Asked  2 Years ago    Answers:  5   Viewed   69 times

Is it possible to create a PHP function that takes a variable number of parameters all of them by reference?

It doesn't help me a function that receives by reference an array of values nor a function that takes its arguments wrapped in an object because I'm working on function composition and argument binding. Don't think about call-time pass-by-reference either. That thing shouldn't even exist.



PHP 5.6 introduced new variadic syntax which supports pass-by-reference. (thanks @outis for the update)

function foo(&...$args) {
    $args[0] = 'bar';

For PHP 5.5 or lower you can use the following trick:

function foo(&$param0 = null, &$param1 = null, &$param2 = null, &$param3 = null, &$param4 = null, &$param5 = null) {
  $argc = func_num_args();
  for ($i = 0; $i < $argc; $i++) {
    $name = 'param'.$i;
    $params[] = & $$name;
  // do something

The downside is that number of arguments is limited by the number of arguments defined (6 in the example snippet). but with the func_num_args() you could detect if more are needed.

Passing more than 7 parameters to a function is bad practice anyway ;)

Friday, September 23, 2022

The very last parameter, count, is passed by reference. You can see this in the description at where there's a & in front of the variable.

This means you cannot use a literal 1 there. You'd have to do:

$sql = str_replace('?', "'" . $param . "'", $sql, $count);
echo $count;

You'll now have displayed on the screen how many instances were replaced.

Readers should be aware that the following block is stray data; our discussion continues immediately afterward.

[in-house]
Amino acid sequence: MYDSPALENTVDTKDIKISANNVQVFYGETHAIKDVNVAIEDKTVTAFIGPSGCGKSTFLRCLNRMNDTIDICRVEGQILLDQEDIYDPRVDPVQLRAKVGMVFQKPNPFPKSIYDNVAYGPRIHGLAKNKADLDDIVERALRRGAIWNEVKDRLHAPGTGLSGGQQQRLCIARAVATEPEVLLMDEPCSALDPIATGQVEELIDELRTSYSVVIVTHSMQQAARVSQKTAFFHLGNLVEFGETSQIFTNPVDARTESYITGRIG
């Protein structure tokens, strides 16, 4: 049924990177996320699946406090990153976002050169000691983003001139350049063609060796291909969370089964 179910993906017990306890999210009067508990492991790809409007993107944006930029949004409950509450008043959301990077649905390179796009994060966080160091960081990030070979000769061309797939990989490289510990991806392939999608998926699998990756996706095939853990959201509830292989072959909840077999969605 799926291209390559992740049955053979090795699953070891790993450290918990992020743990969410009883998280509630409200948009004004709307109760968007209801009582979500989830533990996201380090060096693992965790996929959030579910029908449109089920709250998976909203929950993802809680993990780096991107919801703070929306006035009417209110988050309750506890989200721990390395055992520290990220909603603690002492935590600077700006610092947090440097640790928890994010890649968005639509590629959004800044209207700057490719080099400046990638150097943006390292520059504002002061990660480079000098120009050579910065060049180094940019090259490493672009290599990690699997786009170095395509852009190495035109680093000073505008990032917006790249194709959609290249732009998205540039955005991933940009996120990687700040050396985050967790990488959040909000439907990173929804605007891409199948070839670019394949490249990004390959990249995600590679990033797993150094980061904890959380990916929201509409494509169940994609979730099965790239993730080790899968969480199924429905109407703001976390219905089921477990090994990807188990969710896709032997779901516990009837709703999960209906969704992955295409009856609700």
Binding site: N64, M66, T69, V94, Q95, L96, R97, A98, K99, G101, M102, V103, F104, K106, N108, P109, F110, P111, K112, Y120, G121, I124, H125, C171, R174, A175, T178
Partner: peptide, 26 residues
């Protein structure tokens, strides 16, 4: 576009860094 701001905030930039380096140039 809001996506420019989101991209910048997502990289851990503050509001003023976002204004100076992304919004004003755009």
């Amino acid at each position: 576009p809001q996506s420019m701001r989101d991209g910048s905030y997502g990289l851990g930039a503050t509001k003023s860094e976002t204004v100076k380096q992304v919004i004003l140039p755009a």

Thursday, September 1, 2022

After this loop is executed:

foreach ($x as $n => &$v) { }

$v ends up as a reference to $x[2]. Whatever you assign to $v actually gets assigned $x[2]. So at each iteration of the second loop:

foreach ($y as $n => $v) { }

$v (or should I say $x[2]) becomes:

  • 'bye bye'
  • 'world'
  • 'harsh'
Sunday, December 18, 2022

Let's pretend $x is a piece of paper with 5 written on it.

function sum($y) {
  $y = $y + 5; 

Here $y is the value of what you have written. You add 5 to such value in your mind, but the note is left untouched.

function sum(&$y) {
  $y = $y + 5; 

With the reference operator (&$y), you pass the very paper to the function, and it overwrites what's written on it.

For primitive values like numbers, I wouldn't bother and always return the value you want:

function valuePlusFive($x) {
  return $x + 5;

$x = 5;
$x = valuePlusFive($x);
Wednesday, September 7, 2022

There are no such subroutines in Fortran.

The syntax rule for a subroutine statement in Fortran 2008 is (, R1235):

[ prefix ] SUBROUTINE subroutine-name [ ( [ dummy-arg-list ] ) [ proc-language-binding-spec ] ]

where dummy-arg-list is a list (in assumed syntax rule terms) of dummy-args. A dummy-arg is (R1235) either a name or a literal *.

[Before we get too excited about the possibility of variadic support, the * refers, of course, to an alternate return indicator.]

A list (R101) still refers to a well-defined (at source time) number of items.

There is a stated restriction regarding interoperability with C, that (15.3.7) the C prototype

... does not have variable arguments as denoted by the ellipsis (...)

Similar arguments apply to (Fortran) functions.

Saturday, August 6, 2022
Only authorized users can answer the search term. Please sign in first, or register a free account.
Not the answer you're looking for? Browse other questions tagged :

Browse Other Code Languages